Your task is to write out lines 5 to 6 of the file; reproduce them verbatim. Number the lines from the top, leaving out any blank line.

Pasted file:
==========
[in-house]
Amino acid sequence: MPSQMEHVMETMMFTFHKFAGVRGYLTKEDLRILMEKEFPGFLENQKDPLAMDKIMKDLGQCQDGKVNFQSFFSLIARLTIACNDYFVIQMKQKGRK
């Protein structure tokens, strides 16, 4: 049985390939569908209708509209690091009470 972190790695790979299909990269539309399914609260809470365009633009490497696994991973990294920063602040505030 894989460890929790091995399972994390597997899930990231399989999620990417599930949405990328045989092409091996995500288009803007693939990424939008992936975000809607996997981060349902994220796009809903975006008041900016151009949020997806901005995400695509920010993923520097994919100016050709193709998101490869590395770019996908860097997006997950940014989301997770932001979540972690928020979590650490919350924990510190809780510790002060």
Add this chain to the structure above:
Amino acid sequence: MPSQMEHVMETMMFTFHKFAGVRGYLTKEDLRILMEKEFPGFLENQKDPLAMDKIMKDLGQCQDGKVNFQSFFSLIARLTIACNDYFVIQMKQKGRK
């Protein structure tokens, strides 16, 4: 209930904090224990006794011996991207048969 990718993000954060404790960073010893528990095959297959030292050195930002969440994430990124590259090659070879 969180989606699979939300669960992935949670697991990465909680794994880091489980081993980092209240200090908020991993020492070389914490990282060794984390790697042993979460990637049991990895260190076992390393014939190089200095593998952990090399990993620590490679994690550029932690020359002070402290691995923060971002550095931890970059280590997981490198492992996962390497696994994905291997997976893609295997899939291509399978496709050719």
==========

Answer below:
Amino acid sequence: MPSQMEHVMETMMFTFHKFAGVRGYLTKEDLRILMEKEFPGFLENQKDPLAMDKIMKDLGQCQDGKVNFQSFFSLIARLTIACNDYFVIQMKQKGRK
């Protein structure tokens, strides 16, 4: 209930904090224990006794011996991207048969 990718993000954060404790960073010893528990095959297959030292050195930002969440994430990124590259090659070879 969180989606699979939300669960992935949670697991990465909680794994880091489980081993980092209240200090908020991993020492070389914490990282060794984390790697042993979460990637049991990895260190076992390393014939190089200095593998952990090399990993620590490679994690550029932690020359002070402290691995923060971002550095931890970059280590997981490198492992996962390497696994994905291997997976893609295997899939291509399978496709050719």